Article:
Showcasing Student Life at Cal Poly, San Luis Obispo
Cal Poly—using design to integrate first students into university life.
When California Polytechnic State University, San Luis Obispo, asked us to design a new residential complex for first-year students, we thought strategically about the location: a prominent gateway to the southeast edge of campus, right off Grand Avenue, the main boulevard that leads from Highway 101. The obvious solution would have been to put a large, eye-catching architectural form right up front.
But we decided instead to put the focus on the activities of the students. Too often, student housing complexes are conceived as walled fortresses. We wanted ours to be porous, opening up to the neighborhood and the city as well as the rest of campus.
So at the Grand Avenue entrance to campus, we placed a courtyard that has a basketball court, a sand volleyball court, and other activities. We felt that there was nothing symbolized Cal Poly more seeing students at play as people drove up to the campus. Similarly, each building has a major stack of study spaces that open up to Grand Avenue, where people can see students at work.
The first building in the complex that you see as you walk in is the Welcome Center, which is where all campus tours originate. This building was not in the original program—the university decided to add it later—but although it meant redesigning the entry sequence, we felt it makes a lot of sense to put it here. As parents and prospective students drive to campus on Highway 101 from San Francisco or Los Angeles, they’re naturally going to arrive here first. So what better place to put the Welcome Center?
From the very beginning of the project, we knew we wanted to create a strong public space at the center. So at the heart of the complex, we created a large courtyard with a lawn. We envisioned this as the space where first-years would hang out and meet friends.
Then we organized the seven buildings of the complex around this space. They’re something of an anomaly in the pastoral, suburban neighborhood. The university is aware that to maintain the historic scale and walkability of the campus while also accommodating growth, it has to add taller infill structures rather than spread out. So the new complex, which ranges from three to five stories tall, is much denser than the rest of campus. It’s right next to mid-century student residences that are only two stories high.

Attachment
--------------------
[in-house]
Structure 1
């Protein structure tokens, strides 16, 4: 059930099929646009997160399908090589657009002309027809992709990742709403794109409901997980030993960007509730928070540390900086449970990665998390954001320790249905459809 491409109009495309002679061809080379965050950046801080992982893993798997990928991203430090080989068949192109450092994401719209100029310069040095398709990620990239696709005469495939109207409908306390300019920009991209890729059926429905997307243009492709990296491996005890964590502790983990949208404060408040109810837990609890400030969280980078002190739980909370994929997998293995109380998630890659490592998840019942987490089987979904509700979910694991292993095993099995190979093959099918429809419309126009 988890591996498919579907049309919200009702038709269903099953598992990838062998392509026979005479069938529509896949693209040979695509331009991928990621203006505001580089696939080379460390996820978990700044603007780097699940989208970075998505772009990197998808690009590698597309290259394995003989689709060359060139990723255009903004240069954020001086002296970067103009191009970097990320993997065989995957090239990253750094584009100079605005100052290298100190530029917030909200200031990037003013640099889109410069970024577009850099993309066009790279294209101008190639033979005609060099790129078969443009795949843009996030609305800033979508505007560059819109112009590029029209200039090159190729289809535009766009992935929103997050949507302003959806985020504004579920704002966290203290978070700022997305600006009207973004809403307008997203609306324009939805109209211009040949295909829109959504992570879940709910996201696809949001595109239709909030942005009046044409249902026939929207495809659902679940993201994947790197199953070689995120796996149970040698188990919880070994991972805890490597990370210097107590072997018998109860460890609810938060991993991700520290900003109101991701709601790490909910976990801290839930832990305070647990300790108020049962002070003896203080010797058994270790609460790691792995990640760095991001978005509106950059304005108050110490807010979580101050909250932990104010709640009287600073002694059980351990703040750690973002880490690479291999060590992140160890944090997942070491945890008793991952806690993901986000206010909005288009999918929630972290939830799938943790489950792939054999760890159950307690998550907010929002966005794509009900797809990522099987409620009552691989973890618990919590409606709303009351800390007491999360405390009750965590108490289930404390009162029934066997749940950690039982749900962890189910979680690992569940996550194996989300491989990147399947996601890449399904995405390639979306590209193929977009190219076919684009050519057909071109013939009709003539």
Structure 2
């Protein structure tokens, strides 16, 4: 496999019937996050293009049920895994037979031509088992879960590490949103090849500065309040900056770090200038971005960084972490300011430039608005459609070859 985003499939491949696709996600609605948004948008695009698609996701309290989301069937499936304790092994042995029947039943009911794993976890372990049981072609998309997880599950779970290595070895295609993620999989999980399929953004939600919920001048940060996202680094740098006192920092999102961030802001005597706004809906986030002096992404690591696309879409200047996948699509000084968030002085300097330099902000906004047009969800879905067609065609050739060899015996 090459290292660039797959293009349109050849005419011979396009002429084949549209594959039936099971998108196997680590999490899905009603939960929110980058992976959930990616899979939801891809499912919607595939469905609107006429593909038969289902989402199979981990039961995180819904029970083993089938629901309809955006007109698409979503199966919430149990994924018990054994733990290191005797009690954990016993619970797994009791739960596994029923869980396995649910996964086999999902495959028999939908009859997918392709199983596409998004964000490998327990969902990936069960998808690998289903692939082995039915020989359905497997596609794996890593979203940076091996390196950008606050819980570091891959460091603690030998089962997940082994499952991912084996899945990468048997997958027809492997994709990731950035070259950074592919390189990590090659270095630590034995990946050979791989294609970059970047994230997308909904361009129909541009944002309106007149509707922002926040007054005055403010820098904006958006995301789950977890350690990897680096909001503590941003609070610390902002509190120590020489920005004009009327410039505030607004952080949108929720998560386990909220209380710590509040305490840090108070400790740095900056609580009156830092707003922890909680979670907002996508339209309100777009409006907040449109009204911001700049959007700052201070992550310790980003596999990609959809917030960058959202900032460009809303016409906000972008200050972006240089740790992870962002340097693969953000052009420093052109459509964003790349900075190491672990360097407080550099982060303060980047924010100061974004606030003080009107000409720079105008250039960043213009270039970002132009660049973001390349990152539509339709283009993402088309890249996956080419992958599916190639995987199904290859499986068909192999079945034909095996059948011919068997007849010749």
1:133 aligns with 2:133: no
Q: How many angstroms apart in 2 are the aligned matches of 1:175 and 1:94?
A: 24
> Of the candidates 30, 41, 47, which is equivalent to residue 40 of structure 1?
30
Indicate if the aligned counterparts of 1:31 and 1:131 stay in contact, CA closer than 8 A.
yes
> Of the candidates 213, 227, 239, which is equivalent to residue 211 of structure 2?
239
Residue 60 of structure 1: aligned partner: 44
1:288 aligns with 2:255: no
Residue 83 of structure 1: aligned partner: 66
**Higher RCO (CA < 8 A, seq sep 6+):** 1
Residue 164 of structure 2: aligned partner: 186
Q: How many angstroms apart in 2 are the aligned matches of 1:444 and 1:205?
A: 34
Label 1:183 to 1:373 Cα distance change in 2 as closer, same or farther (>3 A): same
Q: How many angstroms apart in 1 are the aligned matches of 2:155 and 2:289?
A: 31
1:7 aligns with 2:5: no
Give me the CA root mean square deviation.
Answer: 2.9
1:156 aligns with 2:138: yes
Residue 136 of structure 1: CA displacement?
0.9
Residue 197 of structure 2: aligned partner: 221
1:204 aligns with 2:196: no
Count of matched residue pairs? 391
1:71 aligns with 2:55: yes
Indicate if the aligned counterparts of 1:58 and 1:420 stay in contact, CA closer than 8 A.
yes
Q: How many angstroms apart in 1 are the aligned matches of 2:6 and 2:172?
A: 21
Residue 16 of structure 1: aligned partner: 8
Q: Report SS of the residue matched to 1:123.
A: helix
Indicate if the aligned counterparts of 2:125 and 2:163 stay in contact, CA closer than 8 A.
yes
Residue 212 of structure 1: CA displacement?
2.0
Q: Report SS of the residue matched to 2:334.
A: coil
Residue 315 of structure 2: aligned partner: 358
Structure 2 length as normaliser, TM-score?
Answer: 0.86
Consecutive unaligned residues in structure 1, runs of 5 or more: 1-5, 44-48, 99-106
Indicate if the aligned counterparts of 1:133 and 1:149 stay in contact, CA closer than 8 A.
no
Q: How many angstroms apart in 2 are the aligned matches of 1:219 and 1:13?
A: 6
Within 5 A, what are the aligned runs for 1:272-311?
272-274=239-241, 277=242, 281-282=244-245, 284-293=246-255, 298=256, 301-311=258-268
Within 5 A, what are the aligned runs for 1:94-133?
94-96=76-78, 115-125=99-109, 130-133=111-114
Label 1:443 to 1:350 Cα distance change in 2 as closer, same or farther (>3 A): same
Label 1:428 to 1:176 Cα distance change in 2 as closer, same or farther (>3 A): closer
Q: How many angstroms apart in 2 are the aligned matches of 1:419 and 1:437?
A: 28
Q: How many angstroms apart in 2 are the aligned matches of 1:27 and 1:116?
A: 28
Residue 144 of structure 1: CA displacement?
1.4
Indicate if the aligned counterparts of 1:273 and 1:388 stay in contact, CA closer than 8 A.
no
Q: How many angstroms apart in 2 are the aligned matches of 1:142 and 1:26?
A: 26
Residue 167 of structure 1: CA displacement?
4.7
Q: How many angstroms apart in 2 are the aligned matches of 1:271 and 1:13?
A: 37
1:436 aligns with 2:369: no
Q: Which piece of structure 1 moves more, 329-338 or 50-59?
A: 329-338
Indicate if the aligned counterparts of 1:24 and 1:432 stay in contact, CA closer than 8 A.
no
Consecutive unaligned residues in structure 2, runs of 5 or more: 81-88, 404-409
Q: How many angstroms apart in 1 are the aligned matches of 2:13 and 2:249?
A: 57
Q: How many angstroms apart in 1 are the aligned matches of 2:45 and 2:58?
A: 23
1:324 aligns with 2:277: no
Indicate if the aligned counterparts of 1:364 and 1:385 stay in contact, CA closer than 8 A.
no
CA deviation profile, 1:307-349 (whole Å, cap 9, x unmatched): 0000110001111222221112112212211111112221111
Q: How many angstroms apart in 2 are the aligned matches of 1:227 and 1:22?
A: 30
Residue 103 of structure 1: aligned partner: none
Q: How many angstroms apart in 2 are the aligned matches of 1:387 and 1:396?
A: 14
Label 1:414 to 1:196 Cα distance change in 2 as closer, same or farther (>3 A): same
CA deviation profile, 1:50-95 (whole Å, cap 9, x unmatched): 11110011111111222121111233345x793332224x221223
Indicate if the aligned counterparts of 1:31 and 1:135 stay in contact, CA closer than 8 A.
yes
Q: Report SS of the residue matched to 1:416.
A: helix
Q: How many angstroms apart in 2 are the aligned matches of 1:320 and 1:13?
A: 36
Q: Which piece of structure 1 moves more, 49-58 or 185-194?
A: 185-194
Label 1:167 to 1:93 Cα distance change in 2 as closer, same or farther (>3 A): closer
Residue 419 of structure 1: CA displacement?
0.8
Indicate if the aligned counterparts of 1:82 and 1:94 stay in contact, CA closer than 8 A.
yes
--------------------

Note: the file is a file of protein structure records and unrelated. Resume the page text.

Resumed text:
To break up the visual mass of the new buildings, we clustered windows together, which cuts in half the number of perceived openings. L-shaped sunshades shield windows from the top and from one side, carefully placed to mitigate solar heat gain while also giving the facades variety and texture. Across the long facades, which have windows to resident rooms, we offset the façade horizontally to break down the massiveness of the walls.
We were on a relatively strict budget, so we had to manage the architectural “wows.” We focused on creating architectonic forms that would be monumental, clad in stucco, an inexpensive but nobile material. These forms contain the living rooms and study spaces, because we decided that the public spaces should go all the way through the buildings, from the courtyards to the exteriors, expressing the buildings’ functions on the exterior.
On one or two edges of these forms, we invested in expansive glazing, which brings natural light into all public spaces. Views look out over the surrounding campus and the surrounding town of San Luis Obispo. The natural landscape around the campus is beautiful, with mountain ranges in the distance, stands of trees, and a number of natural elements that create an incredible amount of visual interest. So we wanted to focus views to the surrounding landscape. In the evening, these public spaces are lit to reveal themselves and the internal activity to the surrounding areas on both sides of each building.
Universities are all competing to attract the best possible students with great facilities. Making a strong first impression is really important. But flashy buildings aren’t necessarily the right move. By exposing student activity both inside and outside the new student housing complex, we hope to showcase the energy of life at Cal Poly to parents and prospective students, while creating architecture that enhances the first-year experience, helping students form those all-important connections with each other early on. Because when you remember your first year of college, it’s not the buildings you remember so much. It’s the experiences you had in and around them.